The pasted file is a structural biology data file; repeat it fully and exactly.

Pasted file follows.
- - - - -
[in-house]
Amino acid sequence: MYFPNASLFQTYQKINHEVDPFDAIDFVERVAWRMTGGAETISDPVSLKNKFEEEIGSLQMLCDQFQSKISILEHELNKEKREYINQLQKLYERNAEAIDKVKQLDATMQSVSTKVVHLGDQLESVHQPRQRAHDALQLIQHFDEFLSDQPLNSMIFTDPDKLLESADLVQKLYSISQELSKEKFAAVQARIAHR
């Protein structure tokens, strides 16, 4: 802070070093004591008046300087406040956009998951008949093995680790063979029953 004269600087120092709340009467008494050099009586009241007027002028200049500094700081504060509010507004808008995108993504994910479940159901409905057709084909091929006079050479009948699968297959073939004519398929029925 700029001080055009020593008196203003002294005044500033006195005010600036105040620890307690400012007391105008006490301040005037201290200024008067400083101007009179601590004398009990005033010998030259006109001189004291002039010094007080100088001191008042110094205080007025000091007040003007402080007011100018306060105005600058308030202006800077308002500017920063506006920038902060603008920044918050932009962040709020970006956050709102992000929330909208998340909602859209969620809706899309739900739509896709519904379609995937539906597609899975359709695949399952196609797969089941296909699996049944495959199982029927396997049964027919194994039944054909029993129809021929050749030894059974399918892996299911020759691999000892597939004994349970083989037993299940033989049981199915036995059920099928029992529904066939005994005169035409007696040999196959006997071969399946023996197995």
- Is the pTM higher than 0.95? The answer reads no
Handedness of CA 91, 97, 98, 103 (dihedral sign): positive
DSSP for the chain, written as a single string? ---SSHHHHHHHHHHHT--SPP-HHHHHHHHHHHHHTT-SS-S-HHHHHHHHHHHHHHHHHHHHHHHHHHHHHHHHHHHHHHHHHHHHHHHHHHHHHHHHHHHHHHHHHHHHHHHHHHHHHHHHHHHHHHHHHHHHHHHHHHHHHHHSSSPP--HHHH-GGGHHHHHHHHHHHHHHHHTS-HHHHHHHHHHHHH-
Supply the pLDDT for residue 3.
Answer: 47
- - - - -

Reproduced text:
[in-house]
Amino acid sequence: MYFPNASLFQTYQKINHEVDPFDAIDFVERVAWRMTGGAETISDPVSLKNKFEEEIGSLQMLCDQFQSKISILEHELNKEKREYINQLQKLYERNAEAIDKVKQLDATMQSVSTKVVHLGDQLESVHQPRQRAHDALQLIQHFDEFLSDQPLNSMIFTDPDKLLESADLVQKLYSISQELSKEKFAAVQARIAHR
């Protein structure tokens, strides 16, 4: 802070070093004591008046300087406040956009998951008949093995680790063979029953 004269600087120092709340009467008494050099009586009241007027002028200049500094700081504060509010507004808008995108993504994910479940159901409905057709084909091929006079050479009948699968297959073939004519398929029925 700029001080055009020593008196203003002294005044500033006195005010600036105040620890307690400012007391105008006490301040005037201290200024008067400083101007009179601590004398009990005033010998030259006109001189004291002039010094007080100088001191008042110094205080007025000091007040003007402080007011100018306060105005600058308030202006800077308002500017920063506006920038902060603008920044918050932009962040709020970006956050709102992000929330909208998340909602859209969620809706899309739900739509896709519904379609995937539906597609899975359709695949399952196609797969089941296909699996049944495959199982029927396997049964027919194994039944054909029993129809021929050749030894059974399918892996299911020759691999000892597939004994349970083989037993299940033989049981199915036995059920099928029992529904066939005994005169035409007696040999196959006997071969399946023996197995």
- Is the pTM higher than 0.95? The answer reads no
Handedness of CA 91, 97, 98, 103 (dihedral sign): positive
DSSP for the chain, written as a single string? ---SSHHHHHHHHHHHT--SPP-HHHHHHHHHHHHHTT-SS-S-HHHHHHHHHHHHHHHHHHHHHHHHHHHHHHHHHHHHHHHHHHHHHHHHHHHHHHHHHHHHHHHHHHHHHHHHHHHHHHHHHHHHHHHHHHHHHHHHHHHHHHHSSSPP--HHHH-GGGHHHHHHHHHHHHHHHHTS-HHHHHHHHHHHHH-
Supply the pLDDT for residue 3.
Answer: 47